Climate: The four-zone electronic climate control system keeps the cabin of the XC90 at the optimal temperature. Heated and ventilated seats are fast and efficient.
The XC90 nabs some great awards for safety, and the standard and optional safety technology is voluminous. You should feel at peace about driving the XC90 with your whole family.
IIHS Rating: The Volvo XC90 is a Top Safety Pick. It received “good” ratings in all crashworthiness testing and a “superior” rating in crash avoidance and mitigation testing. The headlights received "acceptable", as well as the LATCH system.
NHTSA Rating: The feds gave the XC90 five full stars in crash tests, the top score.
Standard Tech: It has a bevy of standard features, of which a few are Blind Spot Information System w/ Cross Traffic Alert, Lane Keeping Aid & Oncoming Mitigation by Braking, Run-Off Road Protection & Run-Off Mitigation, and the excellent Pilot Assist Semi-Autonomous Drive System with Adaptive Cruise Control.
Optional Tech: Our tester came with Visual Park Assist, a 360 Surround View Camera, Graphical Head-up Display, and automatic high beams.
The Volvo XC90 has a solid amount of cargo space, but its small item storage for front seat occupants could be improved. It's not severely lacking, but in some cases design outranked utility.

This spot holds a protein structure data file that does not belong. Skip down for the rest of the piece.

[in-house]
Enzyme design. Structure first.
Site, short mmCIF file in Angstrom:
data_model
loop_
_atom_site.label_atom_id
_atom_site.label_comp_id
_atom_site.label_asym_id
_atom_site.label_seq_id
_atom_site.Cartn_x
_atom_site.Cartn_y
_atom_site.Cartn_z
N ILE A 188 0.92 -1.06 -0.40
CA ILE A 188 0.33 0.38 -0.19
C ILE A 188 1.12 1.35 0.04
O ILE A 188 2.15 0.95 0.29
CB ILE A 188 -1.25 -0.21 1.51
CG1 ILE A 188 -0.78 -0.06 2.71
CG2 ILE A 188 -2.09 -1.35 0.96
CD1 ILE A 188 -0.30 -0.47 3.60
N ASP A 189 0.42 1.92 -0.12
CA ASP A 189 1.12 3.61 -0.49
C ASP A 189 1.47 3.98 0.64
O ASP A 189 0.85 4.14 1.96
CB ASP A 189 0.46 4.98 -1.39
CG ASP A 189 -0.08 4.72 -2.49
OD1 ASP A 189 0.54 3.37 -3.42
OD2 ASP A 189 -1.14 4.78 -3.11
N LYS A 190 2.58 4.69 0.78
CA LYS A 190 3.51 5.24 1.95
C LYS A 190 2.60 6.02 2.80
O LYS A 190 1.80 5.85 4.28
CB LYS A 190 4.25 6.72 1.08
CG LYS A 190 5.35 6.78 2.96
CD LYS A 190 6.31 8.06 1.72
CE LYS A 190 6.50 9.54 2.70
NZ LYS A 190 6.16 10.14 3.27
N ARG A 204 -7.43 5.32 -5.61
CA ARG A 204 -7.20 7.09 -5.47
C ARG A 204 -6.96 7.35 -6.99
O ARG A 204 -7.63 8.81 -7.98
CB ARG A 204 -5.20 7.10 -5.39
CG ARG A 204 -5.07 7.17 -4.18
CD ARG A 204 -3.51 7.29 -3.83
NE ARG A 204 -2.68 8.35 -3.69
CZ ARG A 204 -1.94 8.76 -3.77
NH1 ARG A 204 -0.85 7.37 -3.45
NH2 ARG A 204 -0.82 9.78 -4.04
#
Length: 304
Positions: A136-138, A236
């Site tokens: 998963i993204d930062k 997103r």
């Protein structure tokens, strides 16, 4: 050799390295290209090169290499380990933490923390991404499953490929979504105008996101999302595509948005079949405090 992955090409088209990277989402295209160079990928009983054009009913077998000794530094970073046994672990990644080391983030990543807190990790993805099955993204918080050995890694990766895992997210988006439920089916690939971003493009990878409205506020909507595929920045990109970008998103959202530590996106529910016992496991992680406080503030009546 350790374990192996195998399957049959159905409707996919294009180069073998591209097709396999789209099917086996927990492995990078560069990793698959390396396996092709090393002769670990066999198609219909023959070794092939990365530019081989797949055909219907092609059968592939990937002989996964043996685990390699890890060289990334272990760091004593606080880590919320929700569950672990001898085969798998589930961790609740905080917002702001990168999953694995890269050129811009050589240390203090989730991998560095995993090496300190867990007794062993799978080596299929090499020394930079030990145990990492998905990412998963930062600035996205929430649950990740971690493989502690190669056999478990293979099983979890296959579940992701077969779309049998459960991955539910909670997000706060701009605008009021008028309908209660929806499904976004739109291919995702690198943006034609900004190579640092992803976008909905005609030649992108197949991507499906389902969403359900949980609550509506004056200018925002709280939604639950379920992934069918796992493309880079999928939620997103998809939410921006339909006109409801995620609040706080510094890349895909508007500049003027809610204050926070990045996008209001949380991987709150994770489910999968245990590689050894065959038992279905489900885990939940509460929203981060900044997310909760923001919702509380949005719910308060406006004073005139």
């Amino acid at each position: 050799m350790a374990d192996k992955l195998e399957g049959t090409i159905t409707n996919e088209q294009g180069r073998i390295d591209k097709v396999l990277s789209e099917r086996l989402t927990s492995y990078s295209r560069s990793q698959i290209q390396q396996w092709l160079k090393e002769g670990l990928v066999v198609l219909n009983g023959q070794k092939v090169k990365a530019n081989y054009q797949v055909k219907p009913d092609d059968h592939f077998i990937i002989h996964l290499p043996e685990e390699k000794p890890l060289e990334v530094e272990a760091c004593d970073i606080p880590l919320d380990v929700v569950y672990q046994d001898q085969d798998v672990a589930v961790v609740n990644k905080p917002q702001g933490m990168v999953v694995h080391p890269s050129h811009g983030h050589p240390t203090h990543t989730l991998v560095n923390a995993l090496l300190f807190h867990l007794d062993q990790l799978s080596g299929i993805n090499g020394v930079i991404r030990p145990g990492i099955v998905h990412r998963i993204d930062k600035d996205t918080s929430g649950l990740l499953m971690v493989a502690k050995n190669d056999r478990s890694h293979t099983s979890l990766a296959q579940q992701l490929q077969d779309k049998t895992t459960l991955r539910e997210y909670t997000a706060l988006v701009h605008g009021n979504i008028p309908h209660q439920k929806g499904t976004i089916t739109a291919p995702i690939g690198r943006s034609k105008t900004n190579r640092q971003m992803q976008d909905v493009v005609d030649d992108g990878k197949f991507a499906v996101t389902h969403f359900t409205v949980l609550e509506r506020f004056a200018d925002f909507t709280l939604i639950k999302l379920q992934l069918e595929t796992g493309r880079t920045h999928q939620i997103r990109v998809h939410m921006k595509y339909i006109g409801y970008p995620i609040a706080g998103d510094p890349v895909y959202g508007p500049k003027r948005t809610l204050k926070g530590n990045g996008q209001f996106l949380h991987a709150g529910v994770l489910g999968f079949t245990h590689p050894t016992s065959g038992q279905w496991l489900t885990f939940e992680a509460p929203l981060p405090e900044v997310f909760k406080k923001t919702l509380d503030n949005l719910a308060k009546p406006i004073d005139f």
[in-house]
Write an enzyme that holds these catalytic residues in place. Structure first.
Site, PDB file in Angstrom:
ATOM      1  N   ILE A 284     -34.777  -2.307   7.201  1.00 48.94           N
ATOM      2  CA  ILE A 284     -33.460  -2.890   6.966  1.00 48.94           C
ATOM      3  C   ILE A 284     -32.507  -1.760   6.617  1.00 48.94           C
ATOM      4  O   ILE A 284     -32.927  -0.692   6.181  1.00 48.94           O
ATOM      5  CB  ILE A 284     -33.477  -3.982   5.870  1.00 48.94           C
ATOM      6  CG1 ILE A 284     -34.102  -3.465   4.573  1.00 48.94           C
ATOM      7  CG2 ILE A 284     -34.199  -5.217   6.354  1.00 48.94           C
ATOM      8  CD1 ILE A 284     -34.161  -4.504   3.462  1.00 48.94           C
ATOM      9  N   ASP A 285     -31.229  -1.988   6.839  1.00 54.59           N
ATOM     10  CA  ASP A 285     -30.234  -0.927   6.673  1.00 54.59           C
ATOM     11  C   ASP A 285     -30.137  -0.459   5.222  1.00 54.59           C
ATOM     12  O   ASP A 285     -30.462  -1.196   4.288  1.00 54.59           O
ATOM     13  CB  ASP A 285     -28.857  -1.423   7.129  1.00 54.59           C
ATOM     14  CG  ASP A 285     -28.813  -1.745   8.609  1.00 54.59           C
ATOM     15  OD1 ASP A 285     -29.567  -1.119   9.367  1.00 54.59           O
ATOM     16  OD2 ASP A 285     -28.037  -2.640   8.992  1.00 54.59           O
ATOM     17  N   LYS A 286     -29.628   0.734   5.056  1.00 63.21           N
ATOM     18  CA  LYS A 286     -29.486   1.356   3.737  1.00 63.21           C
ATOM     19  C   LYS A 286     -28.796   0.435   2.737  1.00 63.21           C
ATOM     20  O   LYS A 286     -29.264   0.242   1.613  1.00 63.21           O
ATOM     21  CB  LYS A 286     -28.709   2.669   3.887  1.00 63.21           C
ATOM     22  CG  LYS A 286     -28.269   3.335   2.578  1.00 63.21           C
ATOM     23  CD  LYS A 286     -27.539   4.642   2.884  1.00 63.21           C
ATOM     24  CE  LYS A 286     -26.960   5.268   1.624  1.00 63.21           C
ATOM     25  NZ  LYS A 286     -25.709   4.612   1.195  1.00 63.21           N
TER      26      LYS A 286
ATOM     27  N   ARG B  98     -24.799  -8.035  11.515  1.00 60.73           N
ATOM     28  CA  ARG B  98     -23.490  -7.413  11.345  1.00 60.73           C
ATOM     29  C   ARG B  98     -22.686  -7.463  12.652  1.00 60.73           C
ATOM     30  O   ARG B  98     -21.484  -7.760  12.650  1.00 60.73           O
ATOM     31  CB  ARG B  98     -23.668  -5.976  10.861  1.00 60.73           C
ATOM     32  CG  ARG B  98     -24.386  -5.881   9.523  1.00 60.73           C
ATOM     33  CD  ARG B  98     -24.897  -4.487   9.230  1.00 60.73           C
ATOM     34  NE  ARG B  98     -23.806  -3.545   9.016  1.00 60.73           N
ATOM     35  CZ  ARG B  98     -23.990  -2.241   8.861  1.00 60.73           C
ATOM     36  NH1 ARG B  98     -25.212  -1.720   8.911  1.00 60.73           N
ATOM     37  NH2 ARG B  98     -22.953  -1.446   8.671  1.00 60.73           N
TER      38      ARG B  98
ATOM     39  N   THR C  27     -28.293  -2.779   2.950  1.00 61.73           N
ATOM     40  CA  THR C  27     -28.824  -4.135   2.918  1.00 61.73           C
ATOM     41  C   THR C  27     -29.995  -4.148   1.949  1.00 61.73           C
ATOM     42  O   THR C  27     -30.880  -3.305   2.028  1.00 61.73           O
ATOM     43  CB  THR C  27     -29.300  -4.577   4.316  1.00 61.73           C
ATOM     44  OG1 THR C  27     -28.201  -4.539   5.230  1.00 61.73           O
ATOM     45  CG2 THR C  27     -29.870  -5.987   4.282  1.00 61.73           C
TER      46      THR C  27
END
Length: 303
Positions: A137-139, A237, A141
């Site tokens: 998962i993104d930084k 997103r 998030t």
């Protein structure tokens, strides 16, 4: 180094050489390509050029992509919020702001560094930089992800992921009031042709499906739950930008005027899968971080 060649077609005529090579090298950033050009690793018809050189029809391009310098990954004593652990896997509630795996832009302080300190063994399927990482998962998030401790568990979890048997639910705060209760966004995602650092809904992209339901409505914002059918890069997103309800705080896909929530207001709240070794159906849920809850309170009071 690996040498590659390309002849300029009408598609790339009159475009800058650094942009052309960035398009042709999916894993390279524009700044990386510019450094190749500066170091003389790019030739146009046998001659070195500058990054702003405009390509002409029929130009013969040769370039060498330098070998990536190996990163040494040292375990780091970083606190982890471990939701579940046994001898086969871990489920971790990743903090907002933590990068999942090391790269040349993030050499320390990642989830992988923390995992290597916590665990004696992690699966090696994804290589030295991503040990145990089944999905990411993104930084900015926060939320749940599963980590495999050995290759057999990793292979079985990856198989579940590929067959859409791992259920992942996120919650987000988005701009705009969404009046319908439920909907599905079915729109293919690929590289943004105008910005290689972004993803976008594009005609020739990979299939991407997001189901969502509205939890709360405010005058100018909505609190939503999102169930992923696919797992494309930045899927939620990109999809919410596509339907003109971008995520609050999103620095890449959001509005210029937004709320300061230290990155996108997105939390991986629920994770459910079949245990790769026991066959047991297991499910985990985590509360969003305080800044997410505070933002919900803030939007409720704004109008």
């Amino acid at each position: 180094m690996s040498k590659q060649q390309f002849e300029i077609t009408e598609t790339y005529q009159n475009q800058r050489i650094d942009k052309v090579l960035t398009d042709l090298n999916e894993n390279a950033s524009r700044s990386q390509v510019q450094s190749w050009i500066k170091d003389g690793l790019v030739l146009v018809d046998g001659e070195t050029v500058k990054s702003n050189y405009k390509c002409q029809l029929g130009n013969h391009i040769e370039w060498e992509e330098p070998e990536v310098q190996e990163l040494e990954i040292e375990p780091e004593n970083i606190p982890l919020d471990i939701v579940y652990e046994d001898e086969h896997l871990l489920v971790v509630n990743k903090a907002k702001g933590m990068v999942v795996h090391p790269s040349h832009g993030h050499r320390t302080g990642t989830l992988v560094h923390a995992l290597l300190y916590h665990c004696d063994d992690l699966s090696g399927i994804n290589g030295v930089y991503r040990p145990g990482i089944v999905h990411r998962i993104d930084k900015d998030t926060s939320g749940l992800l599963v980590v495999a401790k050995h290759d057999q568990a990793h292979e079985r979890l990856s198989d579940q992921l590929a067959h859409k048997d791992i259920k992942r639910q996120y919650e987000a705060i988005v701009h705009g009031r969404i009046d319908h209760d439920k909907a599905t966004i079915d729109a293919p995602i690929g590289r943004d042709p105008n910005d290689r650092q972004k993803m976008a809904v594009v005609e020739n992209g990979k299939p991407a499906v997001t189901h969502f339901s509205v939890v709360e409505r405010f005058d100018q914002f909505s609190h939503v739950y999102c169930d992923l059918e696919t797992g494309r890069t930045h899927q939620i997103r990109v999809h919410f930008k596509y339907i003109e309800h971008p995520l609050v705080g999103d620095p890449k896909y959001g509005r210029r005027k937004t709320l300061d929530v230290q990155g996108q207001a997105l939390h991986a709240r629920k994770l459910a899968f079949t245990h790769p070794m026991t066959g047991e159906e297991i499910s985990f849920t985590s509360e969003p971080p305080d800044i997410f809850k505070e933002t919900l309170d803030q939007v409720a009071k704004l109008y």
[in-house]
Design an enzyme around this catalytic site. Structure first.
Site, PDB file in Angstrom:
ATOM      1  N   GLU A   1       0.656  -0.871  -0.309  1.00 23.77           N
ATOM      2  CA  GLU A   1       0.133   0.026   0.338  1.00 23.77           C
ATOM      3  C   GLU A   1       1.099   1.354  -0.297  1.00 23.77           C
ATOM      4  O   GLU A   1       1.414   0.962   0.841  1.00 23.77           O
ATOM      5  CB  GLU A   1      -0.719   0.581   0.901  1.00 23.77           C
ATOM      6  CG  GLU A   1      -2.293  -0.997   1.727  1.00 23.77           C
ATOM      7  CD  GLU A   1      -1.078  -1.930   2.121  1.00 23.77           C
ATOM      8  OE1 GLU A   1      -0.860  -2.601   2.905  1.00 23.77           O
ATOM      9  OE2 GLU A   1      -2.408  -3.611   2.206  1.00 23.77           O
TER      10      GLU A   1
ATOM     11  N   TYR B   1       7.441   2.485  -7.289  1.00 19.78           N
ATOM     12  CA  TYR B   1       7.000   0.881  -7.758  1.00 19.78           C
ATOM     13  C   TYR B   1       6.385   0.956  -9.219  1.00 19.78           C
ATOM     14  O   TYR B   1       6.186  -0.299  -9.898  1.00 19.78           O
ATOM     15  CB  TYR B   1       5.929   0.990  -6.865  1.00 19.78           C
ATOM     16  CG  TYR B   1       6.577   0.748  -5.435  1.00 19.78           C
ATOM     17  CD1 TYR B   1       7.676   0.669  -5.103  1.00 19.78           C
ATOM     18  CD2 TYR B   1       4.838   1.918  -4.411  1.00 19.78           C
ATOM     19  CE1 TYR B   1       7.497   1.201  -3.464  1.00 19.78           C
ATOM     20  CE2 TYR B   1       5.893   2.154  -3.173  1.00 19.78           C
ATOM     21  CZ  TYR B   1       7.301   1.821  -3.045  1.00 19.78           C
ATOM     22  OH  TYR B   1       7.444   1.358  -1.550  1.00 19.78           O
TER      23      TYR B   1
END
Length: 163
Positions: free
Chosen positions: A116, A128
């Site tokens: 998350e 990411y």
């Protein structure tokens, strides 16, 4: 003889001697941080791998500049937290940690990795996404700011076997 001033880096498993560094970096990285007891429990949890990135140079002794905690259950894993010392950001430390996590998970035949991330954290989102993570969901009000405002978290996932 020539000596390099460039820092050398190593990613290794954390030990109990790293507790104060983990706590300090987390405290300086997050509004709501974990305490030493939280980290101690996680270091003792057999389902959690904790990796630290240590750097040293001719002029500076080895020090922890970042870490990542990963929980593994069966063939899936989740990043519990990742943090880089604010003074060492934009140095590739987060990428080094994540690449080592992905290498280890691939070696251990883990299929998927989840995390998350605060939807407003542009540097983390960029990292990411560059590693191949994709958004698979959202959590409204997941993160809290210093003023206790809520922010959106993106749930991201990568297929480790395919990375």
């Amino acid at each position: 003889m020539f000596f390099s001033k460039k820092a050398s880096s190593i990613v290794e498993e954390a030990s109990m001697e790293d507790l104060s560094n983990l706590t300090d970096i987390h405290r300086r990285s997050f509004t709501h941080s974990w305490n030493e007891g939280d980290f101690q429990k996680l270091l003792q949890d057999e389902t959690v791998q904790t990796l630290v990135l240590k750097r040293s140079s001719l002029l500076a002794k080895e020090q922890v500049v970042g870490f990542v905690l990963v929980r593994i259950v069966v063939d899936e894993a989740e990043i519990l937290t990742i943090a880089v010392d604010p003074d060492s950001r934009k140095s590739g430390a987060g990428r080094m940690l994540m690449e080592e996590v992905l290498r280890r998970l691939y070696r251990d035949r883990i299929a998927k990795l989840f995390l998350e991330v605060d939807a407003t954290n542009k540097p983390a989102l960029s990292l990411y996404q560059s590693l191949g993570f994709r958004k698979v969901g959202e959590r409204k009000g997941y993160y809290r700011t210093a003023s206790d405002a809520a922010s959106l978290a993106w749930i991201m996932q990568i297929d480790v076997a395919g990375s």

Storage Space: The space under the armrest is just medium-sized, but it’s fine for small daily gear. To the right of the gear selector are two cupholders and a small storage bin. The small front compartment under the small sliding door is only good for keys or change.
Cargo Room: The cargo area features just under 15 cubic feet of space with all seats in place. That's more than enough for a couple of suitcases. With the second and third row folded flat, the XC90 holds 85.7 cubic feet, in the middle of the Audi Q7's 71.6 cubes and the Mercedes GLS's cavernous 93.8 cubic feet.
The XC90 in Dynamic mode (the way we drove it), isn't thrifty, but it does well in Comfort mode with more conservative driving habits. EPA estimates are very good, and the XC90 should have no problem beating our numbers.
Observed: 19.4 mpg.
Distance Driven: 118 miles.
The Bowers & Wilkins premium audio system is a marvel of listening pleasure. The $3,200 asking price for the system alone is a high price to pay, but what you get is an immersive sound experience from the 19 speakers. Plus, the system looks gorgeous with its round center tweeter and huge mesh aluminum door speakers. Customizing sound via the touchscreen results in dramatic differences that are noticeable. It's one of our favorite systems.